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Expert shares tips for safety awareness in the pandemic at FGIA Virtual Fall Conference

October 15, 2020  By FGIA

At the Fenestration and Glazing Industry Alliance (FGIA) Virtual Fall Conference, an industry professional with more than 36 years of health and safety experience shared his company’s best practices for keeping plant workers safe during the spread of COVID-19. Michael Cook, corporate safety director for Oldcastle BuildingEnvelope, called on employers to do all they can to adapt workspaces and ensure their employees’ safety in the pandemic.

Cook began with a reflection on Jan. 1, 2020, when things in the world were somewhat normal – there was the hint of a pandemic spreading, but it was not touching most.

“It all fell off the cliff in the first quarter of 2020,” said Cook.

Now, said Cook, “there appears to be no end in sight while the world hears warning of a possible second wave this fall and winter. These threats to day-to-day operations have meant the introduction of and adherence to pandemic safety procedures in the workplace, necessary in order to keep businesses working.”

His advice to those at the conference included ways to minimize interactions with others on the plant floor, increase workspaces between employees and, most importantly, ensure they feel safe coming to work.


Cook said Oldcastle BuildingEnvelope increased its cleaning schedules, especially in high contact areas, which are now cleaned multiple times a day. “Physical markers in the plants are important,” said Cook, along with signage to remind people to practice social distancing.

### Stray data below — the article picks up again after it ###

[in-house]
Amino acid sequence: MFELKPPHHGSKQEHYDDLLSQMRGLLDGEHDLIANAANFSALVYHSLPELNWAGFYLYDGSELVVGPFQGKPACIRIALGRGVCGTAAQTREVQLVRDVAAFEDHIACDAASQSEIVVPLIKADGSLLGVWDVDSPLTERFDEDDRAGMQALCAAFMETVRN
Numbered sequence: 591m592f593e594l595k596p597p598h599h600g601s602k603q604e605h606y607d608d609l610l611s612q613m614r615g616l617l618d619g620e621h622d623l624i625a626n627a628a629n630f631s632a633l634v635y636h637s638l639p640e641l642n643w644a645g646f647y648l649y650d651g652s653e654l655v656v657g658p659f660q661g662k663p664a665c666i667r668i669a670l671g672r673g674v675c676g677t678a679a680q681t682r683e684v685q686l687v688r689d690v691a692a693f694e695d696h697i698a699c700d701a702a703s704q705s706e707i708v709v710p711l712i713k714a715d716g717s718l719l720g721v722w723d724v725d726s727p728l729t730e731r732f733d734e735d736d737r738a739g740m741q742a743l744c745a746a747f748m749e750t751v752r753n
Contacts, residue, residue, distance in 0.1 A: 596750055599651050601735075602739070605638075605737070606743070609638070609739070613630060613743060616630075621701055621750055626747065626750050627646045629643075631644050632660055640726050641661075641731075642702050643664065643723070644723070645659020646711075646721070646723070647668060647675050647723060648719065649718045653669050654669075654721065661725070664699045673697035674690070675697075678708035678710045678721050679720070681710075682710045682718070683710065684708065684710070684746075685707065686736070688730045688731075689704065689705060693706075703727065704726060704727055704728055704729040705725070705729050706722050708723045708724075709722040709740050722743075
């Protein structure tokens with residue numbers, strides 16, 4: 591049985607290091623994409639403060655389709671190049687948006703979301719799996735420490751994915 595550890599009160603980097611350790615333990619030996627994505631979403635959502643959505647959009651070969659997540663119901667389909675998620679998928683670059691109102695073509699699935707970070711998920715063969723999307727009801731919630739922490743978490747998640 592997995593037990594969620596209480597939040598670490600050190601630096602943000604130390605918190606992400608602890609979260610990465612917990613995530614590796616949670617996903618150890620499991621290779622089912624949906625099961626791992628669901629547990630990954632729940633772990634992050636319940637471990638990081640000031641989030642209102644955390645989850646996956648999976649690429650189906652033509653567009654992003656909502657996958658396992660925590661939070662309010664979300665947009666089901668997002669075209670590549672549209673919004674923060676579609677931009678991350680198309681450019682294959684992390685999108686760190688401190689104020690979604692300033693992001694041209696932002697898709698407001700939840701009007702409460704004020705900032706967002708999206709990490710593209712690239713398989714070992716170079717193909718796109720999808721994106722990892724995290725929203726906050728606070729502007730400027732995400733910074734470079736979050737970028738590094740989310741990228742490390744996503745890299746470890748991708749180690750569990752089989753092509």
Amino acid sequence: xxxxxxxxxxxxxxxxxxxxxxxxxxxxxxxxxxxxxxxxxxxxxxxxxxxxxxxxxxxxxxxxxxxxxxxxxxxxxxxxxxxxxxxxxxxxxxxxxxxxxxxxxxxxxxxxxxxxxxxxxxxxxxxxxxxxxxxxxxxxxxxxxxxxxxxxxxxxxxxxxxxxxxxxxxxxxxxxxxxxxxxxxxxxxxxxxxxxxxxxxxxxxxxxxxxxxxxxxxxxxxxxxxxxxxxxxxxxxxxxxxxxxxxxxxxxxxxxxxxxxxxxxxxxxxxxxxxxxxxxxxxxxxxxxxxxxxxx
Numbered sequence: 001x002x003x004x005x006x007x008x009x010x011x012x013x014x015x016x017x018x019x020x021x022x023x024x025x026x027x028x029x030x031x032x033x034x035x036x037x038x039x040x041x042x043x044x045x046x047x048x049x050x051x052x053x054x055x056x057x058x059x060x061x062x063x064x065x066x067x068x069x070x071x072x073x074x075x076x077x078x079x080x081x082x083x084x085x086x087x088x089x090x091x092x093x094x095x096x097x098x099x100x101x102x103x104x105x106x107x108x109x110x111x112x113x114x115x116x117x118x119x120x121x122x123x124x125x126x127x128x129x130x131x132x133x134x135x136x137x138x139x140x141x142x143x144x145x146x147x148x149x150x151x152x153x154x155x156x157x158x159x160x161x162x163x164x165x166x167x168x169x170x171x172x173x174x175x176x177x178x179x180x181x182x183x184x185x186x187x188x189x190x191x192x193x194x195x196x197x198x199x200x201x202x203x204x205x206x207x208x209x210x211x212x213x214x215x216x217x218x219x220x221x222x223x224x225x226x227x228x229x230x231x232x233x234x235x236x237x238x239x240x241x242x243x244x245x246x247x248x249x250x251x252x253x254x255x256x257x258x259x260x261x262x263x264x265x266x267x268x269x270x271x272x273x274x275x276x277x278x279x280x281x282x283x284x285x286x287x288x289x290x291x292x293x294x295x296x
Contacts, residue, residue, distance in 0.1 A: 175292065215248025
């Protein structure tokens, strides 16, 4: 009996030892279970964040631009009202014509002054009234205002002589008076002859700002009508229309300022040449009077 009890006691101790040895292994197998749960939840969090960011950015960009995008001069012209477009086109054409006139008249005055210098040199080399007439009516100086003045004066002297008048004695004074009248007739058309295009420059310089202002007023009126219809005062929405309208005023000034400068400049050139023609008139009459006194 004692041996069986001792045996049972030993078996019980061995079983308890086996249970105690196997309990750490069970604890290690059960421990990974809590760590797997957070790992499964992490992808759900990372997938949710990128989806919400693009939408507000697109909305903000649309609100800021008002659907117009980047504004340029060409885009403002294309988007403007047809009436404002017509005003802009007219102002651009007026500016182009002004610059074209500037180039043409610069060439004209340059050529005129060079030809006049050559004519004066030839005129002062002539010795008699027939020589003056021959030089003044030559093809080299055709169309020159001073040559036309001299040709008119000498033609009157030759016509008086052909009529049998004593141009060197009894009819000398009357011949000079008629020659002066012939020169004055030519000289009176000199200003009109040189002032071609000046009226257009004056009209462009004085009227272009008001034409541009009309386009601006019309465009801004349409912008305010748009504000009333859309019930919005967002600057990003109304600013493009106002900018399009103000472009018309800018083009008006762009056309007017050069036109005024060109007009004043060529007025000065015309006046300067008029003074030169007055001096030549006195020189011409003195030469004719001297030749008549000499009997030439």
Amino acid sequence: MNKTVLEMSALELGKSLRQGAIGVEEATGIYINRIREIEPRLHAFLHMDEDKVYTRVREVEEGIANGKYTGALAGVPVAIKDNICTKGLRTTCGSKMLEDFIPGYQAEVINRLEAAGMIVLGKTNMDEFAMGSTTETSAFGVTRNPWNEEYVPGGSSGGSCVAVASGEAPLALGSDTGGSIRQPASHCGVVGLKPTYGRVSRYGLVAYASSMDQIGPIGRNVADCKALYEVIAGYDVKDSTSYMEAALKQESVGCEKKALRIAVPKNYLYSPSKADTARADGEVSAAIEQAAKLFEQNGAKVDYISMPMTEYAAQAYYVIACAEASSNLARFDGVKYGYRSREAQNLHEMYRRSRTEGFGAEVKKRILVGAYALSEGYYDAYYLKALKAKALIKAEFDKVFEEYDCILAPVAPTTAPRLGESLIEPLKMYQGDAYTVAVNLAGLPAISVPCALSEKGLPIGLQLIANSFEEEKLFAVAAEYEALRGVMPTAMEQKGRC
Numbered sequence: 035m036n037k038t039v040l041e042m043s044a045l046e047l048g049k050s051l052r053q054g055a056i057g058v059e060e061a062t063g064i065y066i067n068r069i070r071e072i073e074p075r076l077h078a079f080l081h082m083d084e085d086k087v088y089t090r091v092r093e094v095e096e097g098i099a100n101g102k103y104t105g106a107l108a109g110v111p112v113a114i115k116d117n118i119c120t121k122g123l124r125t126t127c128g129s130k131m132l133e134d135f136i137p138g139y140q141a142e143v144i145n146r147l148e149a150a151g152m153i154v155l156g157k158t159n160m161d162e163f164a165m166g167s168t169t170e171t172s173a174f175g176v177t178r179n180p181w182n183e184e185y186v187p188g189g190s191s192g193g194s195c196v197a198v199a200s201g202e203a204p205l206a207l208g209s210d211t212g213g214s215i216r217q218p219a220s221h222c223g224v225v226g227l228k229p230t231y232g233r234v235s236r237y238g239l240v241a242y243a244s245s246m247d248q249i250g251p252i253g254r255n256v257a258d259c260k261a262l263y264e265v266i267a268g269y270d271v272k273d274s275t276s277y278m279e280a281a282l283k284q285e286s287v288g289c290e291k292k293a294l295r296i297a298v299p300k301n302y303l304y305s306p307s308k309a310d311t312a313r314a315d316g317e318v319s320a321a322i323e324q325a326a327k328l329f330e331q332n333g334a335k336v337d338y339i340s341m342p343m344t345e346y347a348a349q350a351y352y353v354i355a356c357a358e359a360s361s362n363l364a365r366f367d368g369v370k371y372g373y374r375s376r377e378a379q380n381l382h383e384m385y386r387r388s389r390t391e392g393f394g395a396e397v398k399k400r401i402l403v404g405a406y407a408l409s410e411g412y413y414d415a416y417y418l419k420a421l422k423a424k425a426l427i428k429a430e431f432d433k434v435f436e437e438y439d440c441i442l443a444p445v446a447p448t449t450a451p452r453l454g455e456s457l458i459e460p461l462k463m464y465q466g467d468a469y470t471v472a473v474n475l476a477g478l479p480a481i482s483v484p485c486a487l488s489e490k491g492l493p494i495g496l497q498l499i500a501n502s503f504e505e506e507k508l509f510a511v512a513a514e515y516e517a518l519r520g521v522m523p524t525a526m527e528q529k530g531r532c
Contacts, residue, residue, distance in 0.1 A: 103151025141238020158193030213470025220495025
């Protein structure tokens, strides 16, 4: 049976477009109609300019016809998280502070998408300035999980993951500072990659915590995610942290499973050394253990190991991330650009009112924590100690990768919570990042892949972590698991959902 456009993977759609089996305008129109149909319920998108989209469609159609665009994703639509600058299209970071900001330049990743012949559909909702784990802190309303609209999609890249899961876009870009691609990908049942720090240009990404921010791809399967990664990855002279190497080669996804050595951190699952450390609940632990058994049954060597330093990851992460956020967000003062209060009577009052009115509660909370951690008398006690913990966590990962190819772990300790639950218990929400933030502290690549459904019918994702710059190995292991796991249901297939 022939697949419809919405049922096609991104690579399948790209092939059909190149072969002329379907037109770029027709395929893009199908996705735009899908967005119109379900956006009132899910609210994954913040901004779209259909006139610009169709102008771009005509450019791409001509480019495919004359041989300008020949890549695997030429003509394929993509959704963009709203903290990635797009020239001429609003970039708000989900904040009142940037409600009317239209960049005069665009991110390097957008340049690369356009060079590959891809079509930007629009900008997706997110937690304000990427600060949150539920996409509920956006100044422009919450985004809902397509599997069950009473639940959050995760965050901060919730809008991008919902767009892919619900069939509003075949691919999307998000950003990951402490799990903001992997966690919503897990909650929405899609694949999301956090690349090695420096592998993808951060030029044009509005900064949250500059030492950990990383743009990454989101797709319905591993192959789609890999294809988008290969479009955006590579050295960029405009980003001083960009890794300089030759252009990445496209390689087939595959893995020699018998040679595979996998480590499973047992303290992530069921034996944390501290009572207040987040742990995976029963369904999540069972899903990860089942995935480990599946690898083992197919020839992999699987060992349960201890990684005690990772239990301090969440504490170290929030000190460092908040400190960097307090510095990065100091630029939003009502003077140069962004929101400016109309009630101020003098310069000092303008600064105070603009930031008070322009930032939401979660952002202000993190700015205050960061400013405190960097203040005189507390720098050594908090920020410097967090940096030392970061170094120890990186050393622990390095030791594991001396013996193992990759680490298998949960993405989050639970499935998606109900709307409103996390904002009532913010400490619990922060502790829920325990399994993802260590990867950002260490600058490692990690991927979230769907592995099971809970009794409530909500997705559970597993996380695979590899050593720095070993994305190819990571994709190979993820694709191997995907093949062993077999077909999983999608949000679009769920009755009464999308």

“We stagger start times, so they don’t need to work close to each other,” said Cook. “At first, social distancing was difficult, but now with markings on the floor, it is easier.”

Another thing his company chose to do is offer more paid leave. “We already had paid leave, but we increased it to up to 14 days so people don’t feel pressured to come to work sick,” said Cook.

Cook described “the new norm” start of the workday, which involves temperature checks and a screening with a series of questions. A protective booth houses those conducting screenings. Cook said it is critical that companies allow workers to clock in before this, as this is now a part of their work process.

“Temperature checks don’t catch a lot of people, but the screening questions do,” said Cook. “We want to keep COVID out of the workplace and these are proactive, preventive measures. It’s called ‘actively caring,’ even when the necessity of these measures is questioned by employees.”

Cook suggested taking a look at the possible economic toll for further incentive to act.

“Federal OSHA has issued more than half a million dollars in fines related to COVID,” said Cook. “The burden is on the employer.”

Cook added that civil liability is also a consideration on the part of employees who may say a company did not do enough to keep their people safe. Cook suggested companies carefully document their efforts. He advised they report a COVID case in which an employee is hospitalized to OSHA, just as they would with any other ailment under OSHA’s serious injury reporting policy.

“During this time of uncertainty, people need to be reassured,” said Cook. “People want to earn a paycheck and come into work with a sense of normalcy. They need to be safe.”

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